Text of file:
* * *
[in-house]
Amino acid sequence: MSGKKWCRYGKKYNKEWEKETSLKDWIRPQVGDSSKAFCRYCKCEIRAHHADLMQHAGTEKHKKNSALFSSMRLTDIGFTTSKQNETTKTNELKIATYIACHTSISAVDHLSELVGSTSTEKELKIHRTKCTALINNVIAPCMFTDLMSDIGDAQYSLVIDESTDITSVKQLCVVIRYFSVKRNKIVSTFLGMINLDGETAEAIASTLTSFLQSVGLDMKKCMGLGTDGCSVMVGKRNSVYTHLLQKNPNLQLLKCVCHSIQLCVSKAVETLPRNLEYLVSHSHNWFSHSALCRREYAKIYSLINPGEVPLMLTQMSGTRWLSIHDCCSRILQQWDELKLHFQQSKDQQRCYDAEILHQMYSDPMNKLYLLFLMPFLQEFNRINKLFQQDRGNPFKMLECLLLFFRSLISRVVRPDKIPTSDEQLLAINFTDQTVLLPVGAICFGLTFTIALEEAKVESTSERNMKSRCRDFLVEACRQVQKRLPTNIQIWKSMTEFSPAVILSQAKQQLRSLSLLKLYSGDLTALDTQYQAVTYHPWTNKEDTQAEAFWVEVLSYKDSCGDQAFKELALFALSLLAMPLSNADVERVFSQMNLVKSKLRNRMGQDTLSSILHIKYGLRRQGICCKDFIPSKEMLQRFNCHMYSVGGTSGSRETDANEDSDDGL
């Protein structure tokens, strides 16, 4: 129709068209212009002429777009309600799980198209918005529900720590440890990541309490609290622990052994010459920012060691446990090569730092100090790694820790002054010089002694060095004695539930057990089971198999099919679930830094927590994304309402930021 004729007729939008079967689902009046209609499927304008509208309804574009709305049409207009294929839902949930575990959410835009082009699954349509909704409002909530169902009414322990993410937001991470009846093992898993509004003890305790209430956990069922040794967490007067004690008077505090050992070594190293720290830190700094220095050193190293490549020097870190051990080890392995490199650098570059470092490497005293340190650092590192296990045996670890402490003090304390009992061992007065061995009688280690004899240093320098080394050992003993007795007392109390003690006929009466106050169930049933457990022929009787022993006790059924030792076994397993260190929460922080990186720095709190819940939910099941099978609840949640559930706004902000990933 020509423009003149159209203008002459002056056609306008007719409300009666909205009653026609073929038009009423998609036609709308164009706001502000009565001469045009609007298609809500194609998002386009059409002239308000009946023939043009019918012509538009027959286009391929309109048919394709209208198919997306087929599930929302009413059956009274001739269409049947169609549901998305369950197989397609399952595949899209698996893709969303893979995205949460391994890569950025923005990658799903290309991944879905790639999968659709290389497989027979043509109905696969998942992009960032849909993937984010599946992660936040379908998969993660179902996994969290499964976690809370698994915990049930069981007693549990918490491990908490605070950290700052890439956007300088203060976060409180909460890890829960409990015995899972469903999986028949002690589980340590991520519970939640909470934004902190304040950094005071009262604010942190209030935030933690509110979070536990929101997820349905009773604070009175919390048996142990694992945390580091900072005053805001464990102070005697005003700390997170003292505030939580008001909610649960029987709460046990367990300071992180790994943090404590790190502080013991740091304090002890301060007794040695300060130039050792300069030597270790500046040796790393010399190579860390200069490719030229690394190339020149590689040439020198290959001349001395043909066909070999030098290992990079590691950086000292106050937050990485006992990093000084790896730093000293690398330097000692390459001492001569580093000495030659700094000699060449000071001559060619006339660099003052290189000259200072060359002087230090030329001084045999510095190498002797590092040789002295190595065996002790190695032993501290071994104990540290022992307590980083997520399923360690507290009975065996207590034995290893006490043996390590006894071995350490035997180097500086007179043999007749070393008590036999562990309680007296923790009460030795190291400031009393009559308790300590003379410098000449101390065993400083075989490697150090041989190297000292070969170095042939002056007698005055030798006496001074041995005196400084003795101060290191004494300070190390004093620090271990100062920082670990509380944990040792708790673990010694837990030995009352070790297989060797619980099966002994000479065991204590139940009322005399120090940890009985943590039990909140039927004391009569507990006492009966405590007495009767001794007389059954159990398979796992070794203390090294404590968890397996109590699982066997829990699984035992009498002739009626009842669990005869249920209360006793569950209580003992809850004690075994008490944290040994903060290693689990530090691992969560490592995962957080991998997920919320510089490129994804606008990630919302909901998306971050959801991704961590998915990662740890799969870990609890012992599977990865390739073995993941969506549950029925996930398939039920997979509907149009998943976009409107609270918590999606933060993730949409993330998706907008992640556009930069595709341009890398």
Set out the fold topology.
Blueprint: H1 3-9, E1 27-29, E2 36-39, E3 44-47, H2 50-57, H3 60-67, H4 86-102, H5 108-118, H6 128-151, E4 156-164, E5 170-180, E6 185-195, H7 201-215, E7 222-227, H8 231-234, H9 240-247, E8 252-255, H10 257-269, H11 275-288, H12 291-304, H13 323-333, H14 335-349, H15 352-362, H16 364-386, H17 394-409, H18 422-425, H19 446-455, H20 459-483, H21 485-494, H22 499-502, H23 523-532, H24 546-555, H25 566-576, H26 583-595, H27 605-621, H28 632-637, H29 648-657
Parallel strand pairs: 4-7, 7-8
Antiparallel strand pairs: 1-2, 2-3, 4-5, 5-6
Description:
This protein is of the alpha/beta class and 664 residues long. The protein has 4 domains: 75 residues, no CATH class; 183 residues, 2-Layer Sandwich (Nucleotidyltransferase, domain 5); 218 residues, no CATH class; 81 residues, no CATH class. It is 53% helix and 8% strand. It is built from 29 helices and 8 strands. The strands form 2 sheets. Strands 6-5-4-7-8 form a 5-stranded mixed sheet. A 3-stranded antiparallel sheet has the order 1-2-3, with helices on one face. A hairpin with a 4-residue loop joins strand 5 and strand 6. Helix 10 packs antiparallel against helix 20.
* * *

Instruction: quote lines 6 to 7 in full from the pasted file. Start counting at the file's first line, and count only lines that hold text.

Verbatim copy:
Parallel strand pairs: 4-7, 7-8
Antiparallel strand pairs: 1-2, 2-3, 4-5, 5-6